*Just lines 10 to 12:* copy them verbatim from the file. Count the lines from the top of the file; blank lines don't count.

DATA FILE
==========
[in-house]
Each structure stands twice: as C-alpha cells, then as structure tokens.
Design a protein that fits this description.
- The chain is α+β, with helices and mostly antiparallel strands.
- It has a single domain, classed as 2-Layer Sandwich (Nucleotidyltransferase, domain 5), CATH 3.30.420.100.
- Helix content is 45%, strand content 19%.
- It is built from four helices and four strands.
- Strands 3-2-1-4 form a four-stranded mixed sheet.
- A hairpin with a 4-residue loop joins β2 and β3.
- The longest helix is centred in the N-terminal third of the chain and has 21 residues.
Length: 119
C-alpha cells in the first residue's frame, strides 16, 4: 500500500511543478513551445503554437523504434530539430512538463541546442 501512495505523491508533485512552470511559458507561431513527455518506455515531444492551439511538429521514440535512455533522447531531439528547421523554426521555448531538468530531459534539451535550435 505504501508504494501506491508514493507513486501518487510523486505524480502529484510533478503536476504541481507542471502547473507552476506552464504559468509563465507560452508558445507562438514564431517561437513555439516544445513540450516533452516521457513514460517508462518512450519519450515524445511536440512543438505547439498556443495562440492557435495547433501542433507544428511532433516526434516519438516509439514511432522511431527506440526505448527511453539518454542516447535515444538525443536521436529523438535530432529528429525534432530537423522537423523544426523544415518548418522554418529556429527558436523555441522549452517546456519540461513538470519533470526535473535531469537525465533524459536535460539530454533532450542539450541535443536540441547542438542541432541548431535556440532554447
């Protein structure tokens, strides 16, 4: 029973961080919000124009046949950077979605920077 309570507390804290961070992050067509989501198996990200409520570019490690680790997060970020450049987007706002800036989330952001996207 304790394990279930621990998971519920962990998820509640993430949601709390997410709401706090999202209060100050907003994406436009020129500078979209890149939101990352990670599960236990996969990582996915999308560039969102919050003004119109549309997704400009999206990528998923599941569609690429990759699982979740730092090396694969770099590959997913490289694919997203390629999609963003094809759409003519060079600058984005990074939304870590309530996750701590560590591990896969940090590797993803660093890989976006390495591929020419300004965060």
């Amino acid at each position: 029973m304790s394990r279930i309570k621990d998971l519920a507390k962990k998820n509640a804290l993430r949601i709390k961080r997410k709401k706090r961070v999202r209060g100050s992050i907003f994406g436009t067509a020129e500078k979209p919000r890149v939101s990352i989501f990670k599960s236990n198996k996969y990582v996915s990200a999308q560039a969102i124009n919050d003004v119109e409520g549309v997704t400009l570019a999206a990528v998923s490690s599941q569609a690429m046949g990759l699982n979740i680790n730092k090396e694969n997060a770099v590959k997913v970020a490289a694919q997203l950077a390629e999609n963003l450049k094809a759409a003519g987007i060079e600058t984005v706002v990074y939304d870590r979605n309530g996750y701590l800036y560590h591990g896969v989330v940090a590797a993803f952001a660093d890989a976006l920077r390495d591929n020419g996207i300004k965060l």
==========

- The longest helix is centred in the N-terminal third of the chain and has 21 residues.
Length: 119
C-alpha cells in the first residue's frame, strides 16, 4: 500500500511543478513551445503554437523504434530539430512538463541546442 501512495505523491508533485512552470511559458507561431513527455518506455515531444492551439511538429521514440535512455533522447531531439528547421523554426521555448531538468530531459534539451535550435 505504501508504494501506491508514493507513486501518487510523486505524480502529484510533478503536476504541481507542471502547473507552476506552464504559468509563465507560452508558445507562438514564431517561437513555439516544445513540450516533452516521457513514460517508462518512450519519450515524445511536440512543438505547439498556443495562440492557435495547433501542433507544428511532433516526434516519438516509439514511432522511431527506440526505448527511453539518454542516447535515444538525443536521436529523438535530432529528429525534432530537423522537423523544426523544415518548418522554418529556429527558436523555441522549452517546456519540461513538470519533470526535473535531469537525465533524459536535460539530454533532450542539450541535443536540441547542438542541432541548431535556440532554447